Cyber Shield 2020 tests readiness of Kentucky cyber teams with nationwide exercise

Cyber Shield 2020. (U.S. Army National Guard graphic by Sgt. Jeffrey D. Reno)


Story by 1st Lt. Cody Stagner; photos by Sgt. Jeffrey Reno, Kentucky National Guard Public Affairs

FRANKFORT, Ky. — Advanced persistent cyber threats, such as email phishing, identity theft, insider threats, hacking, or spreading fear and inciting terrorism, are becoming more sophisticated.

Cyber Shield 2020 ran from Sept. 12-27 and aimed at mitigating these threats by cyber criminals with a defensively focused tactical cyber exercise.

Besides Guardsmen, they chose participants from law enforcement and the cyber protection industry to ensure the training met the requirements of our nation’s defense information infrastructure.

Twenty-nine members from Kentucky joined hundreds of other cyber professionals from the Army and Air National Guard, the Navy Reserve, and the commercial industry.

“This year, we had nearly 700 participants from 41 states,” said Maj. Dayna Sanders, the IT branch manager for the Kentucky National Guard.

Sanders has been the J3 (Operations Officer) for the past three Cyber Shield events.

“Even though we are in a pandemic, our state brought more Guardsmen than last year,” the eight-year participant of the national exercise said.

Nearly all Kentucky Guard’s major commands took part in the training. The majority came from Kentucky’s Defensive Cyber Operations element from the state’s headquarters, and the 175th Cyber Protection Team, which returned from a year-long deployment to Washington, D.C., earlier this year.

Kentucky National Guard cyber professionals receive briefings on national cyber threats, Sept. 21, at Boone National Guard Center in Frankfort, Ky. The training event, named Cyber Shield 2020, was held mostly virtual because of COVID-19 precautions. (U.S. Army National Guard photo by Sgt. Jeffrey D. Reno)


To minimize the risks of spreading and contracting COVID-19, Soldiers spent training time at home in a non-traditional classroom environment.

“The first week [training week] was all about training and best practices from the commercial and defense industries,” said Sanders. “We worked with Homeland Security, the FBI, many commercial organizations like Lexmark and Microsoft. Then, we also had two participants working with us from our Commonwealth Office of Technology and their security operations center there.”

Unique to this year, after the first couple of in-person instruction days, the cyber teams were free to go home and continue their training. With the introduction of Microsoft Teams, an online video conferencing and chatting software platform, participants from across the nation stayed within a keyboard’s reach from each other.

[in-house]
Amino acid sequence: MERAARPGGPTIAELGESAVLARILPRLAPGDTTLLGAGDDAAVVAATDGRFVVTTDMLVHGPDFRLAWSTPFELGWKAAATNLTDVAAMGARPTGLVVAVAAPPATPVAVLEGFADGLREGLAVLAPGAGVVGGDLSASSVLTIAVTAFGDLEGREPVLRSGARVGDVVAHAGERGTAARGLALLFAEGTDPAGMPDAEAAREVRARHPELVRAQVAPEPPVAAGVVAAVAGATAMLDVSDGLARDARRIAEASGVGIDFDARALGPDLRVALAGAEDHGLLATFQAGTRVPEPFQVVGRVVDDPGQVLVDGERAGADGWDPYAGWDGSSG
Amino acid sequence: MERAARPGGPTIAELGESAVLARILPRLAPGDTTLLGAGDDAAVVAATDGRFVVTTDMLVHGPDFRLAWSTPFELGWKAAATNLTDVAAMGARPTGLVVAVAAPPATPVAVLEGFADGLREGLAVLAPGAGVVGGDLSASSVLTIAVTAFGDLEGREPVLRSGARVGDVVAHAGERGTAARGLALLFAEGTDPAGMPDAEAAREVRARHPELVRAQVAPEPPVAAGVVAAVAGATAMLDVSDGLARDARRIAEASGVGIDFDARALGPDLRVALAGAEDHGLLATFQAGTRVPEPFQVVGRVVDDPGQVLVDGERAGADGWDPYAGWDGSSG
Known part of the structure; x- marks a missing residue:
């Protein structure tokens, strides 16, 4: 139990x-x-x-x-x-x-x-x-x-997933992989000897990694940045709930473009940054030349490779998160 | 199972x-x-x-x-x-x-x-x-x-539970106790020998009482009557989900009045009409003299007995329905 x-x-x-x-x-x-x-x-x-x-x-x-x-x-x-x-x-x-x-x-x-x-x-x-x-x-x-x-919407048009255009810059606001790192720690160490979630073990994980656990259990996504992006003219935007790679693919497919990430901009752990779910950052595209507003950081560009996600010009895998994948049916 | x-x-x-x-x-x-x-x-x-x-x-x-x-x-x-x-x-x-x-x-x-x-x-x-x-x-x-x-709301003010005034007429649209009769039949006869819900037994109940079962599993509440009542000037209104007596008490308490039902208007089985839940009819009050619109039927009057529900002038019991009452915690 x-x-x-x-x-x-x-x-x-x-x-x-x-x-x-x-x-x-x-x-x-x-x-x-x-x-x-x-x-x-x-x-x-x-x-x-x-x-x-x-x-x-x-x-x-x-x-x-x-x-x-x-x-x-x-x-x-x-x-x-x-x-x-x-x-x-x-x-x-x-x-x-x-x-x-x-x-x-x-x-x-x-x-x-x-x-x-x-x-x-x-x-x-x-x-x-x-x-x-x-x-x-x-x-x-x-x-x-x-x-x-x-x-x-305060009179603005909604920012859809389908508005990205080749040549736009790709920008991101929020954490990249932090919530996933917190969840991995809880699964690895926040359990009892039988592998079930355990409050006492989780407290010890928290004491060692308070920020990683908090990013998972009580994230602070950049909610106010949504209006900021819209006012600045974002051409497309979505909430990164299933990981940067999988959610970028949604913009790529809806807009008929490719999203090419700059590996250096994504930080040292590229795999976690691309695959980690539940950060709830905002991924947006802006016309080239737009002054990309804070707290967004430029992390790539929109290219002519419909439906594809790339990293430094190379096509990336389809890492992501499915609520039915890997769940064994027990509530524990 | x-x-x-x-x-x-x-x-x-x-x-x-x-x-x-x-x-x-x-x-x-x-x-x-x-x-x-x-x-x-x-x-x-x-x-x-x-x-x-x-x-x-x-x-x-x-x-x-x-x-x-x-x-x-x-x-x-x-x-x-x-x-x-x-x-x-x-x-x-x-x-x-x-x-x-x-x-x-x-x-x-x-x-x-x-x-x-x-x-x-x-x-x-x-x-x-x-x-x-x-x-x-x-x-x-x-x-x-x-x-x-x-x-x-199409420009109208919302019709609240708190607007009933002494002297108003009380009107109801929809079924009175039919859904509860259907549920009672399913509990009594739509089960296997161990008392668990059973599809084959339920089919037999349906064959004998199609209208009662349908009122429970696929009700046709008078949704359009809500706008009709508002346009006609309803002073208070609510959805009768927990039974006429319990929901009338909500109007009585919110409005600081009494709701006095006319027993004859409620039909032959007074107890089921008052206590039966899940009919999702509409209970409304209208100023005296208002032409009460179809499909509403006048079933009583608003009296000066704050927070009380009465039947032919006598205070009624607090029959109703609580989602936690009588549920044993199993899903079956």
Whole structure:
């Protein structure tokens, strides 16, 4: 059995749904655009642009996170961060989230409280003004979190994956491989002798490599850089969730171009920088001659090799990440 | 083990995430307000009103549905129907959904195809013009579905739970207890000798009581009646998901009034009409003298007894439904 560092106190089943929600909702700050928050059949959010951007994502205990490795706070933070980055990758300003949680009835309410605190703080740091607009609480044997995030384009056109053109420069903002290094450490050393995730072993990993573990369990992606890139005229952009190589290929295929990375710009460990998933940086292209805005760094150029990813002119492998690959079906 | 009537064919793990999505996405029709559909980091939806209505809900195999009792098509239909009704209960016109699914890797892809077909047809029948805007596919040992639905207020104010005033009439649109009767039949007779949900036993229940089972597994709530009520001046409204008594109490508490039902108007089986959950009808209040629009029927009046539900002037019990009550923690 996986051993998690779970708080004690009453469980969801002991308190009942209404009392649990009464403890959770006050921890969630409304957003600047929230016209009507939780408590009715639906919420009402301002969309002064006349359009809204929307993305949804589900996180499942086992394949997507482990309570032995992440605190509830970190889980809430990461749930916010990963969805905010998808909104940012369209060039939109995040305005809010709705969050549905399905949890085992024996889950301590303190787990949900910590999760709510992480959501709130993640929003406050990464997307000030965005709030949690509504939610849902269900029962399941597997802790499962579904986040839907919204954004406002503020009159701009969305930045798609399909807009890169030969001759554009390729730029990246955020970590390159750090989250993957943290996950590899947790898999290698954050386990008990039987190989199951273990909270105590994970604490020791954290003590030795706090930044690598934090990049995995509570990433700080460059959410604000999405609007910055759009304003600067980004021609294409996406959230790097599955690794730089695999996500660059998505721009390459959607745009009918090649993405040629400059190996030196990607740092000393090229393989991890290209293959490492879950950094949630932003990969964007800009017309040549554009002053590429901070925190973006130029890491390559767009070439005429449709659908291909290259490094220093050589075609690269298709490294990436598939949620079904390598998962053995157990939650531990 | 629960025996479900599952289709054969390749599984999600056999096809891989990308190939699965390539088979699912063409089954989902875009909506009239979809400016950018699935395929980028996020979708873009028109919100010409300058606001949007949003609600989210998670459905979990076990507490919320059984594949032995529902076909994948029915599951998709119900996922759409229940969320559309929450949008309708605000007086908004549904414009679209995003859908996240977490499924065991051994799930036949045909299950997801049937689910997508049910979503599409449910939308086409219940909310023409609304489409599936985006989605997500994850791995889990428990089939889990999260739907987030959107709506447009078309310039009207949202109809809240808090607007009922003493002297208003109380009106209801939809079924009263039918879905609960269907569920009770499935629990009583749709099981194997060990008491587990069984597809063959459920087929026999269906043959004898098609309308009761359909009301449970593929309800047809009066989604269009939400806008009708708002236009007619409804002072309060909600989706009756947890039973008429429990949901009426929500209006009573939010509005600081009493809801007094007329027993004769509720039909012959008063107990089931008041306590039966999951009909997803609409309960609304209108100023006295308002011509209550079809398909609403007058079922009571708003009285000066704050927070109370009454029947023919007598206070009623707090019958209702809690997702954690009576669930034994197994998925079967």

“The online working environment used throughout the exercise worked great to keep our teams communicating. But it brought one of the greatest challenges I had experienced in my career,” she said.

“As a leader, I must be able to talk with people over [Microsoft] Teams and have chat conversations. Without face-to-face interaction, I learned how much leadership was not taking place,” said Sanders.

Personal interaction allows for immediate feedback during a conversation.

She added, “The other challenge for me was not being able to assess the Soldiers. Communicating by text and teleconference doesn’t give you that. I can’t see their facial expressions or judge the mood they might be experiencing. I can’t tell if a Soldier is having problems at home. And if they are at home, I have that feeling they might miss out and not able to focus and leverage on the learning opportunity [of this event].”

Meeting and working with others in person during a team event also gives participants the chance to build camaraderie and lasting friendships, she explained.

The cyber professionals met in week two for the culminating event.

“For the last event, they gave us the task to help a large, made-up corporation named Prestige Worldwide. We had to assess their network,” Sanders said. “they gave us access to their networks, where we ran scans over their system. The problems would progressively escalate the more we analyzed them. Then, the more we worked to eliminate their vulnerabilities, the more issues we overcame. Eventually, the assessment lead into a major incident response, which we had to react.”

The 91st Cyber Brigade out of the Virginia National Guard managed the cyber network that tested the skills of the information technology professionals, much like how a firing range tests the shooting skills during an individual weapons qualification event.

Some of the largest issues we have in the Kentucky Guard are malicious software attacks and data loss. Cyber protection teams lower risks associated with these threats by focusing the training on defense-in-depth techniques that overcome these attacks. At Cyber Shield 2020, they witnessed, firsthand, the effectiveness of maintaining multiple layers of security on our networks.

“This event also served as a validation exercise for the defensive cyber operations elements and the cyber protection teams,” she said. “The next step is to get measurable metrics to see where we can improve on the state level.

Sanders praised her Troops and mission partners and the successes of the event.

“Our team collaborated and shared resources with 40 other states. Their mission partners included law enforcement, and they made contacts that will help them in their careers. Whether it’s internally on the Department of Defense network, or say it’s at the Commonwealth Office of Technology, or maybe a county clerk’s office, our people are now better equipped and trained to support their mission,” said Sanders.

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